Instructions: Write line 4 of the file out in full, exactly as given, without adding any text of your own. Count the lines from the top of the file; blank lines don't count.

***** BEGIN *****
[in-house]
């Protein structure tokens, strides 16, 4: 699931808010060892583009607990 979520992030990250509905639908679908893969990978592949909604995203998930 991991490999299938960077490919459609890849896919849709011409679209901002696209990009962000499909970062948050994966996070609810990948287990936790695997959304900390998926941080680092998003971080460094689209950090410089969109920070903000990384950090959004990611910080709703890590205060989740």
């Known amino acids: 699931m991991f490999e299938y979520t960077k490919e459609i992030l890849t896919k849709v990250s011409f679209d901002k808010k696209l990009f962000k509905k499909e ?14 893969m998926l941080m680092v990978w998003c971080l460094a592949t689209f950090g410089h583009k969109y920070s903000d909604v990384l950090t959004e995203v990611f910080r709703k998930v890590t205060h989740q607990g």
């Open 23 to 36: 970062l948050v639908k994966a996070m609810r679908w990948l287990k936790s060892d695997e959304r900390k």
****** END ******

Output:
């Open 23 to 36: 970062l948050v639908k994966a996070m609810r679908w990948l287990k936790s060892d695997e959304r900390k």